Text classification struggles to generalize to unseen classes with very few labeled text instances per class. In such a few-shot learning (FSL) setting, metric-based meta-learning approaches have shown promising results. Previous studies mainly aim to derive a prototype representation for each class. However, they neglect that it is challenging-yet-unnecessary to construct a compact representation which expresses the entire meaning for each class. They also ignore the importance to capture the inter-dependency between query and the support set for few-shot text classification. To deal with these issues, we propose a meta-learning based method MGIMN which performs instance-wise comparison followed by aggregation to generate class-wise matching vectors instead of prototype learning. The key of instance-wise comparison is the interactive matching within the class-specific context and episode-specific context. Extensive experiments demonstrate that the proposed method significantly outperforms the existing SOTA approaches, under both the standard FSL and generalized FSL settings.
Recent state-of-the-art (SOTA) effective neural network methods and fine-tuning methods based on pre-trained models (PTM) have been used in Chinese word segmentation (CWS), and they achieve great results. However, previous works focus on training the models with the fixed corpus at every iteration. The intermediate generated information is also valuable. Besides, the robustness of the previous neural methods is limited by the large-scale annotated data. There are a few noises in the annotated corpus. Limited efforts have been made by previous studies to deal with such problems. In this work, we propose a self-supervised CWS approach with a straightforward and effective architecture. First, we train a word segmentation model and use it to generate the segmentation results. Then, we use a revised masked language model (MLM) to evaluate the quality of the segmentation results based on the predictions of the MLM. Finally, we leverage the evaluations to aid the training of the segmenter by improved minimum risk training. Experimental results show that our approach outperforms previous methods on 9 different CWS datasets with single criterion training and multiple criteria training and achieves better robustness.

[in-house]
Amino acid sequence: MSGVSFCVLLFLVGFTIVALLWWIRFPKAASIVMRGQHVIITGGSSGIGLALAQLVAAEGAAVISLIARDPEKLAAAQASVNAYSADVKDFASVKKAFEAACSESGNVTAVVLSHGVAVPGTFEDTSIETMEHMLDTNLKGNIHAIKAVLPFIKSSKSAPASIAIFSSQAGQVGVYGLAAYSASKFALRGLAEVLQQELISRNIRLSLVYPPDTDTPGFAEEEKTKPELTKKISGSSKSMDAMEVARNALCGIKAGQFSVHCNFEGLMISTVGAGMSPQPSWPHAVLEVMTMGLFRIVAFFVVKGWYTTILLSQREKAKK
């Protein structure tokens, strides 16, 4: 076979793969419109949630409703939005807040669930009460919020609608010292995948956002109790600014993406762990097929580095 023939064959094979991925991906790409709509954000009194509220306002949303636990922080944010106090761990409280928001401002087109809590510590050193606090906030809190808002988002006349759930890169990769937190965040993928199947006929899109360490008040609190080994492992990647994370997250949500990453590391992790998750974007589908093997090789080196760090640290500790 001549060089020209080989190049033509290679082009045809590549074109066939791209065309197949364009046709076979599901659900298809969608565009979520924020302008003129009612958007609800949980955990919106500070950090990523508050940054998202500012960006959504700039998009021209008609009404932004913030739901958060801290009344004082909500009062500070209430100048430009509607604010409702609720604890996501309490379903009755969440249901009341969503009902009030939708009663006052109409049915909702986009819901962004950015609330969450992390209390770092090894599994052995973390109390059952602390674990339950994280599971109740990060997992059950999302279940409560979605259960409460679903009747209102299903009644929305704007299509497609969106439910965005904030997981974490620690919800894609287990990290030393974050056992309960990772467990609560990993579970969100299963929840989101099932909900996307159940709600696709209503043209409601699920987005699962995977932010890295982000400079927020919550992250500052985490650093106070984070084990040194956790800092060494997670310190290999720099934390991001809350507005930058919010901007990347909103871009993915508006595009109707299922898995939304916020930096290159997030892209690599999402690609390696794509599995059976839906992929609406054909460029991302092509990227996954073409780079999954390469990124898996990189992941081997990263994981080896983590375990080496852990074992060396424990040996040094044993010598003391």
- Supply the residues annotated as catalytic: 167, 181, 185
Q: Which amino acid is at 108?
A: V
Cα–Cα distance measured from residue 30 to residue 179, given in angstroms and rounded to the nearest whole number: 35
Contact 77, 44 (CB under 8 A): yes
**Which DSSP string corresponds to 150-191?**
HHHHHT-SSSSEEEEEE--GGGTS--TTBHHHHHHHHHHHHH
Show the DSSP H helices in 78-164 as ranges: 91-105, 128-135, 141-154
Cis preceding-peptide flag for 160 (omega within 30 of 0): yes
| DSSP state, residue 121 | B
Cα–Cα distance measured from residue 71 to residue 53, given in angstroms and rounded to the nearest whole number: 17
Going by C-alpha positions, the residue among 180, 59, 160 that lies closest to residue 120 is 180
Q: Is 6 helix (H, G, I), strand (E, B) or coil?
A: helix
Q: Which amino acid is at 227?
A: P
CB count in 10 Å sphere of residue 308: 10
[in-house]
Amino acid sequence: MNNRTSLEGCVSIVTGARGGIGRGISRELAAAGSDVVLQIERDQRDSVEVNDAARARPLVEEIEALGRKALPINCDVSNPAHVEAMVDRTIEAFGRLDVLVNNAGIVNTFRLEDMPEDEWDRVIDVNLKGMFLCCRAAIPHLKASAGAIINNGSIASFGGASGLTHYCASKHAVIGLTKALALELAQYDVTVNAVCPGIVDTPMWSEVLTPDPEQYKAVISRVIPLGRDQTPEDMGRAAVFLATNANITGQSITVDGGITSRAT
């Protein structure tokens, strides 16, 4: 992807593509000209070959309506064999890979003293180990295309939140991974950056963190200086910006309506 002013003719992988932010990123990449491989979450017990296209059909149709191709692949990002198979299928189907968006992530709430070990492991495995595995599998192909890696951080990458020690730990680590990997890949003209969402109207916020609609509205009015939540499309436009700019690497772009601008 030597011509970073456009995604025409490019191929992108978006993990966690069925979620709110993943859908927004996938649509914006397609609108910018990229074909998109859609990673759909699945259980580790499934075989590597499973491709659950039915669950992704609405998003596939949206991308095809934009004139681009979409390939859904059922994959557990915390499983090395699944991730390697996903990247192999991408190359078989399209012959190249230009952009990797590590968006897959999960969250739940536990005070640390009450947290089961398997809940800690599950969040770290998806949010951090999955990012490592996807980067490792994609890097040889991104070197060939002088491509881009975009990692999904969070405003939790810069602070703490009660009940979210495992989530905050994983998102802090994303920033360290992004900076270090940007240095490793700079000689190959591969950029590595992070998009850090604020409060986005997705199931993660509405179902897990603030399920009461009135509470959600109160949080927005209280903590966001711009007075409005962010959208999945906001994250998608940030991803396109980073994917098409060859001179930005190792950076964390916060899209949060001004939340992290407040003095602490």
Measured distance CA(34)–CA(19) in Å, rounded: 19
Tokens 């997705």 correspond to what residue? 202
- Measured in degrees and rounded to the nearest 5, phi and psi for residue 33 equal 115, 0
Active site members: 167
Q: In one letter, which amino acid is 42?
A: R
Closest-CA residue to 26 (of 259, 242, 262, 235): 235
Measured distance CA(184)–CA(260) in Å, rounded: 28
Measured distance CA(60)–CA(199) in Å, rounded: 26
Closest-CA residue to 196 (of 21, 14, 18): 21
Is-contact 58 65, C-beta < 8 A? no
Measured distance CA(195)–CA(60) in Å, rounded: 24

Quality estimation (QE) of machine translation (MT) aims to evaluate the quality of machine-translated sentences without references and is important in practical applications of MT. Training QE models require massive parallel data with hand-crafted quality annotations, which are time-consuming and labor-intensive to obtain. To address the issue of the absence of annotated training data, previous studies attempt to develop unsupervised QE methods. However, very few of them can be applied to both sentence- and word-level QE tasks, and they may suffer from noises in the synthetic data. To reduce the negative impact of noises, we propose a self-supervised method for both sentence- and word-level QE, which performs quality estimation by recovering the masked target words. Experimental results show that our method outperforms previous unsupervised methods on several QE tasks in different language pairs and domains.